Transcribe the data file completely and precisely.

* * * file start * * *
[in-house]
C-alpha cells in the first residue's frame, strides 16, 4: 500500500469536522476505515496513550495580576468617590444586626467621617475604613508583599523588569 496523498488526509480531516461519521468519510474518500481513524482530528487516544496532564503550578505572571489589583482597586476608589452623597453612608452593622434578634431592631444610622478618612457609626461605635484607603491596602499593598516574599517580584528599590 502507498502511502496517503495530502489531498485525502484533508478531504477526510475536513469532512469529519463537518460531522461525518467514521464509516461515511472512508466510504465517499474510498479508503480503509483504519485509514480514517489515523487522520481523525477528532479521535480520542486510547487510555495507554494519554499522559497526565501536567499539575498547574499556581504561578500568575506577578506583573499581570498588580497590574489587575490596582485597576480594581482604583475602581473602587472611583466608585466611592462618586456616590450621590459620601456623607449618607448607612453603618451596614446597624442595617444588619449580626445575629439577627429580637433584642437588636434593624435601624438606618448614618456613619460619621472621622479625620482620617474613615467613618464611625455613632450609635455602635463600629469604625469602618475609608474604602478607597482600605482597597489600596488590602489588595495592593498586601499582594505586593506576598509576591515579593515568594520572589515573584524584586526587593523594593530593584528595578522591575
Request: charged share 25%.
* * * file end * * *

[in-house]
C-alpha cells in the first residue's frame, strides 16, 4: 500500500469536522476505515496513550495580576468617590444586626467621617475604613508583599523588569 496523498488526509480531516461519521468519510474518500481513524482530528487516544496532564503550578505572571489589583482597586476608589452623597453612608452593622434578634431592631444610622478618612457609626461605635484607603491596602499593598516574599517580584528599590 502507498502511502496517503495530502489531498485525502484533508478531504477526510475536513469532512469529519463537518460531522461525518467514521464509516461515511472512508466510504465517499474510498479508503480503509483504519485509514480514517489515523487522520481523525477528532479521535480520542486510547487510555495507554494519554499522559497526565501536567499539575498547574499556581504561578500568575506577578506583573499581570498588580497590574489587575490596582485597576480594581482604583475602581473602587472611583466608585466611592462618586456616590450621590459620601456623607449618607448607612453603618451596614446597624442595617444588619449580626445575629439577627429580637433584642437588636434593624435601624438606618448614618456613619460619621472621622479625620482620617474613615467613618464611625455613632450609635455602635463600629469604625469602618475609608474604602478607597482600605482597597489600596488590602489588595495592593498586601499582594505586593506576598509576591515579593515568594520572589515573584524584586526587593523594593530593584528595578522591575
Request: charged share 25%.